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Wimbledon umpire warns fans about opening Champagne bottles during matches

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It’s all corking off! Wimbledon umpire warns fans about popping open their Champagne bottle after cork stopped play by flying onto the court during a third round clash

Popping champagne corks have been causing havoc at Wimbledon by interrupting play on court.

Exploding fizz meant a point had to be replayed during the third round clash between Frenchman Benoit Paire and Czech Jiri Vesely on Court 18 on Friday.

Two sets into the match, with Vesely serving, corks flew out of the watching crowd and landed on the grass.

A Wimbledon umpire had to temporarily halt a third-round match after a spectator's Champagne cork popped onto the grass court (stock photo)

A Wimbledon umpire had to temporarily halt a third-round match after a spectator’s Champagne cork popped onto the grass court (stock photo)

Umpire Gianluca Moscarella called out ‘let, let, let’, bringing play to a temporary halt as ball boys scurried across the court to collect the rogue corks.

‘Ladies and gentlemen, for both players, enjoy your champagne, but please don’t open it on the court please,’ the umpire announced.

The unusual moment was quickly shared and enjoyed by tennis fans on Twitter.

On user tweeted: ‘A let was just called on court 18 for a cork from a champagne bottle flying onto the court. You love to see it.’

Frenchman Benoit Paire and Czech Jiri Vesely were battling it out in their second set on Court 18 when the cork interrupted play. Paire won the match with three sets to one

Frenchman Benoit Paire and Czech Jiri Vesely were battling it out in their second set on Court 18 when the cork interrupted play. Paire won the match with three sets to one

While another wrote: ‘It’s all corking off on court 18. Umpire had to play lets due to two corks from champagne bottles landing on court during a rally. The crowd loved it.’

A more hair-raising moment was captured by BBC cameras, which filmed a spectator narrowly avoiding injury from an exploding cork.

The footage showed the cork blast out of the bottle held in the man’s hand and ricochet off his sunglasses.

A spokeswoman for the All England Club said: ‘It’s in the terms and conditions of entry to remove the cork before entering the court.

‘All of the courts are stewarded. Spectators will be encouraged to uncork their bottles before they move in to seats in the court.’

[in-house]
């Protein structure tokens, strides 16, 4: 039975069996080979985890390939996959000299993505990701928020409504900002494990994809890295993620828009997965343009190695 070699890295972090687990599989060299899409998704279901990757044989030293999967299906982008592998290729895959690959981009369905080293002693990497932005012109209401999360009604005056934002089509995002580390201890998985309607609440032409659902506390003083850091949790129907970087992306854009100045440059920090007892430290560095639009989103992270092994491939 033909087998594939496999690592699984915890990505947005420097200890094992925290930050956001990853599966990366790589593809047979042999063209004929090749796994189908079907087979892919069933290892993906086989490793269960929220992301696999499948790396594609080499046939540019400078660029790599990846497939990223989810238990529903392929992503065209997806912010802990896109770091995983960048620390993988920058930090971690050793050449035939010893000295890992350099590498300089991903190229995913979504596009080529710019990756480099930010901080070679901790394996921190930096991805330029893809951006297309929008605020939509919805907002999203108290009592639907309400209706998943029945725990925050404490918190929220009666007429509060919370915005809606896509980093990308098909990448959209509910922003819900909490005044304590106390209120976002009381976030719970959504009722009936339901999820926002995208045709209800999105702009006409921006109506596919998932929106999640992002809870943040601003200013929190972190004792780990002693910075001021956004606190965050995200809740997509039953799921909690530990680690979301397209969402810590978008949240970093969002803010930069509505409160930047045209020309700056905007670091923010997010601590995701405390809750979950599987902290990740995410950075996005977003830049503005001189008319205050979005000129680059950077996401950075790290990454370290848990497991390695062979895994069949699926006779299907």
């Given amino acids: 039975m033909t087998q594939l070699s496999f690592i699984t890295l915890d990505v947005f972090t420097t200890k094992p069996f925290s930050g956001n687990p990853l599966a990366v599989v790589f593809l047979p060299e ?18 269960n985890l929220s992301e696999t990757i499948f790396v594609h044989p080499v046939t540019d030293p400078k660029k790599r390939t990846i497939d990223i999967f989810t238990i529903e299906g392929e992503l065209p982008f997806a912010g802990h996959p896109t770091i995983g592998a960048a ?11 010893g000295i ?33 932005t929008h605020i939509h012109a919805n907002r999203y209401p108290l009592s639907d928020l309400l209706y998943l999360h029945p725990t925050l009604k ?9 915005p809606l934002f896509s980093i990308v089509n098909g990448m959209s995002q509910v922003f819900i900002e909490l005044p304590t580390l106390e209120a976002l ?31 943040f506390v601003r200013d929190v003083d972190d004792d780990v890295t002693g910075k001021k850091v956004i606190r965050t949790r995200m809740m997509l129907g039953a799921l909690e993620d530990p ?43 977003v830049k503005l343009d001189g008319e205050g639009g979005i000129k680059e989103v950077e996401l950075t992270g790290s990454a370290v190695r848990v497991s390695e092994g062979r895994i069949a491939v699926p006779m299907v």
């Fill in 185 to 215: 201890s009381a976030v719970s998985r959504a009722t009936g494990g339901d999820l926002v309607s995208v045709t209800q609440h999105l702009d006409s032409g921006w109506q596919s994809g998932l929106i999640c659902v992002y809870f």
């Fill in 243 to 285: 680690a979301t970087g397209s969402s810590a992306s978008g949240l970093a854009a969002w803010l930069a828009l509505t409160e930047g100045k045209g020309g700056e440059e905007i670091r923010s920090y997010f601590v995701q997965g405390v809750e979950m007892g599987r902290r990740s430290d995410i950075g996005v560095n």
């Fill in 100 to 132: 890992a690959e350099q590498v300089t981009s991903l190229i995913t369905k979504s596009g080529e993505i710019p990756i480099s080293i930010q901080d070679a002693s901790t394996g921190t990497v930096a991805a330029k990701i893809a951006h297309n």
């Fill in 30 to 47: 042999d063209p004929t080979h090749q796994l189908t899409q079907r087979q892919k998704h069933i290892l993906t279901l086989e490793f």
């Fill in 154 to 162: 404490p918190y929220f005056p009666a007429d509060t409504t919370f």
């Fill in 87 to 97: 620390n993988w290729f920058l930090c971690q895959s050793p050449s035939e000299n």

Benoît Paire won the match with three sets to one.

Japanese dish among most popular Wimbledon eats 

Katsu curry has been a smash hit with tennis fans at this year’s Wimbledon tournament, its head of food and drink has revealed.

Anthony Davies, who leads the culinary operations at the All England Club, said the Japanese dish was among the most popular on its expanding international menu.

‘Katsu curry has been a flyaway success,’ he said.

Other world dishes available to visitors to the grounds include Jamaican ital stew, Thai noodle stir-fry and Mexican burritos.

Mr Davies said: ‘We have a lot of international guests, as well as celebrating great British produce we also like to make sure we have authentic-tasting international dishes.’

This year’s tournament sees the debut of Wimbledon’s first ever vegan version of its famous strawberries and cream as the All England Club moves to keep pace with changing consumer tastes.

It is accompanied by a growing range of vegan dishes, such as a jackfruit curry pie or beetroot and red pepper burger.

‘Clearly across the UK in the last 12 months, the UK public and their approach to eating has changed quite significantly, there’s been a huge increase in the amount of flexitarianism,’ Mr Davies said.

‘Therefore we needed to make sure that this year we improved our offer.’

Mr Davies said the vegan options have ‘matched our expectations’ but was unable to provide figures for sales.

He added: ‘The important thing for us is choice ultimately, it was never necessarily going to be our runaway biggest seller but it is about making sure that all of our guests have a really good choice of great quality products.’

His team also provide meals to players taking part in the championships, who largely tuck into ‘pasta and sushi’.

Asked if competitors ever make unusual requests, Mr Davies said: ‘We very rarely get very unusual options, I’ve not heard of anything strange this year. For sure we’ve had things in the past.’

‘I remember somebody having peanut butter and Marmite. I couldn’t tell you who that was. In previous years there have been some strange requests.’

The majority of the ingredients used at Wimbledon are sourced from the UK, with international ingredients brought in to make dishes ‘authentic’.

Mr Davies said the All England Club was not concerned about any potential impact of Brexit on its food operations.

Last year, a record 38 tonnes of strawberries were consumed at the Wimbledon Championships, with any leftovers made into jam.

Its catering operations made 259,225 cups of tea and coffee, cooked 25,165 pizzas, sold 18,843 bottles of champagne and had 2,556kg of bananas available for players.

A total of 273,603 glasses of Pimm’s were poured and 9,998 litres of cream used.

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